Tropical Storm Maria, with peak winds of 65 mph, was located about 400 miles east of the Lesser Antilles this morning, quickly closing the gap with movement to the northwest at 15 mph.

Maria is forecast to become a hurricane later today. (Via National Hurricane Center)

Fueled by warm ocean water and low wind shear, Maria is expected to reach hurricane strength today. Tropical storm and hurricane watches extend from Barbados to Antigua as Maria should begin to impact the outer islands as early as tonight.

Maria will continue to intensify over the next few days, probably reaching major hurricane status (Category 3 or greater) by late Tuesday. By that point, the storm will be on the doorstep of Puerto Rico and the U.S. Virgin Islands. At Maria’s current forecast intensity and path through the Virgin Islands, it would mark the first time that two major hurricanes have passed so close to the island chain in the same season.

Potential U.S. impacts from Maria 

As The Washington Post’s Dan Stillman noted Saturday, things become a little strange in the forecast period beyond Wednesday. Both the European and American models have indicated that some interaction between Jose and Maria will occur, affecting the path of both storms. It should be noted that as of now, the NHC’s official forecast has Jose making a sharp turn toward the east and out to sea by Friday.

The European model shows an interesting interaction between Jose and Maria next week. (Pivotal Weather)

After passing through the Caribbean islands, Maria is expected to continue on a general track toward the northwest, which could put the storm in a threatening position for the U.S. East Coast by next weekend.

However, the large spread in forecast tracks seen above indicates low confidence beyond five days.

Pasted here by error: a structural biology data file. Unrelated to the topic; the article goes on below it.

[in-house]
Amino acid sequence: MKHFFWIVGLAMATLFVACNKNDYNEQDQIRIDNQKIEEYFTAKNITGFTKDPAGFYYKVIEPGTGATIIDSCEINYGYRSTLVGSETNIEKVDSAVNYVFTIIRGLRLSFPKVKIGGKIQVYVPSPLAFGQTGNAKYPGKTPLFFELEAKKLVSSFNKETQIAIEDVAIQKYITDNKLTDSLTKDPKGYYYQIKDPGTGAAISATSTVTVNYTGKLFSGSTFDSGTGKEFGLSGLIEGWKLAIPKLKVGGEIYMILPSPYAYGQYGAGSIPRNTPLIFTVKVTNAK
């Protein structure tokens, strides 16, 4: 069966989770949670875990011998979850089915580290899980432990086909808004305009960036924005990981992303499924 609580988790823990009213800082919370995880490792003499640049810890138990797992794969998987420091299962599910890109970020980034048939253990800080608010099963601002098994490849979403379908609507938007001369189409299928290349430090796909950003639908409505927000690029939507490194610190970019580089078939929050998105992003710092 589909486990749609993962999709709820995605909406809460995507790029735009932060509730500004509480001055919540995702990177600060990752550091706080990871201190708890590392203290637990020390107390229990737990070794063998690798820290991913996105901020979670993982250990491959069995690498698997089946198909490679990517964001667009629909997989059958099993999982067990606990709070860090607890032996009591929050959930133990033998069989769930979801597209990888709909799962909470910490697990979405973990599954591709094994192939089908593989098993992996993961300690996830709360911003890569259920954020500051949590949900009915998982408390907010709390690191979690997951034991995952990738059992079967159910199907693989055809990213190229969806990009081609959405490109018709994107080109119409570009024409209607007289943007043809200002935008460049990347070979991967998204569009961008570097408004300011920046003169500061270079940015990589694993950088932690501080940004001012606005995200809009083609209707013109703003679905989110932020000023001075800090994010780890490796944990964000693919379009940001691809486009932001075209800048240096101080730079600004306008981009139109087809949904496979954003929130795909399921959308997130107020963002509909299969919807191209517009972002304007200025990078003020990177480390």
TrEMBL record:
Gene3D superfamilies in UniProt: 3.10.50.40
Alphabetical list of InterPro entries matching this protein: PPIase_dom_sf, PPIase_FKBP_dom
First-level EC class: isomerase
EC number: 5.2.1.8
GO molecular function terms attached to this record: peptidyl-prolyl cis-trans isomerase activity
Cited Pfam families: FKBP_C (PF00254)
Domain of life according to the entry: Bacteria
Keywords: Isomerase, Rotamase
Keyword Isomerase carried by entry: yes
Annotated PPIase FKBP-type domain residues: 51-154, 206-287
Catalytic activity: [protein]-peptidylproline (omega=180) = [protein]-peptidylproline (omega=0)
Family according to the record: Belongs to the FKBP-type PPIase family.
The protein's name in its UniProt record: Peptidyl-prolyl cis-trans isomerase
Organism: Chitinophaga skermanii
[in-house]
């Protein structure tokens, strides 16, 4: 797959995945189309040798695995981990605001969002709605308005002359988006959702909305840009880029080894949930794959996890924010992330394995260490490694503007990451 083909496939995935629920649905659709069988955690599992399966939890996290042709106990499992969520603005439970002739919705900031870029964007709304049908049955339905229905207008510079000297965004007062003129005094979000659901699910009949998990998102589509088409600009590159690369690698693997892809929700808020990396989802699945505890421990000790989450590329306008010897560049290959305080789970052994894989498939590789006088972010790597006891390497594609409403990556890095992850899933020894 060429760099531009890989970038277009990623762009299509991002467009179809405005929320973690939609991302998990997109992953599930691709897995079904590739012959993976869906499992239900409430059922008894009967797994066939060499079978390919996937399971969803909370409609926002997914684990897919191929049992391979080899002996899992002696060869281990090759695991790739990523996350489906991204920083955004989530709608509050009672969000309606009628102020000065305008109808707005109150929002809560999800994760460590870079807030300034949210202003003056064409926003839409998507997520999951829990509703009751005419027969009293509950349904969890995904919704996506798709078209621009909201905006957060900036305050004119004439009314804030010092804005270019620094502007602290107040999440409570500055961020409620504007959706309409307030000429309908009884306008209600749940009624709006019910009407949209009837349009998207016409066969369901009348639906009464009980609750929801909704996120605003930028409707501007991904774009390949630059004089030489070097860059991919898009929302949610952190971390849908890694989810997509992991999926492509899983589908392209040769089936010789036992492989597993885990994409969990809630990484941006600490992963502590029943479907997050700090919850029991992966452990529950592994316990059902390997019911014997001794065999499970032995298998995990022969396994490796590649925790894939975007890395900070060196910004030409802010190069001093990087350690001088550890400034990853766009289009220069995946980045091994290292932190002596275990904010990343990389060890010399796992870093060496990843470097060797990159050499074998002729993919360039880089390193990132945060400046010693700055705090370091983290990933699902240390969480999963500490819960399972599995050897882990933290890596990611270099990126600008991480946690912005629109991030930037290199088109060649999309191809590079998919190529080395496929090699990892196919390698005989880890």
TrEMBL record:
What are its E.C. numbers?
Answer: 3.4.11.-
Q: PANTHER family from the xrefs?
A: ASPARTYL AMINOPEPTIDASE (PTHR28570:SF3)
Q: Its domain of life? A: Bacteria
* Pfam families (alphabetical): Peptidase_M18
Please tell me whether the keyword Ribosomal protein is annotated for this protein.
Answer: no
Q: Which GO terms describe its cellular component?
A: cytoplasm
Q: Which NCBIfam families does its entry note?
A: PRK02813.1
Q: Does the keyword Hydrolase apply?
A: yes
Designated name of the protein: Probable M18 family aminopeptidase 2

Jose and Maria: To dance or not to dance?

The dance routine between Jose and Maria shown in recent model runs is known as the Fujiwara effect, explained in greater detail a few weeks ago by our newest Capital Weather Gang contributor, Matthew Cappucci. It’s a rare phenomenon, especially in the Atlantic Ocean. It’s also an unlikely scenario, despite the recent model trends.

At issue is the placement and scope of two upper-level areas of high pressure by next weekend (as shown below). High pressure over the central Atlantic that trapped Jose last week will begin to weaken over the next few days, before restrengthening later. Meanwhile, another area of high pressure is expected to build over Ontario by next weekend. For Jose and Maria to interact and affect each other’s path, that Ontario high pressure would have to build over the top of Jose, to keep Jose from escaping out to sea. While that could happen, uncertainty remains high at this time.

The location of two upper-level high-pressure ridges by next weekend will have a major effect on the ultimate fates of Jose and Maria. (Tropical Tidbits)

In the meantime, Maria’s immediate threat to the Caribbean is very real and very dangerous, while Jose still bears watching for some impacts along the coast from Virginia to New England.

Dan Stillman contributed to this post.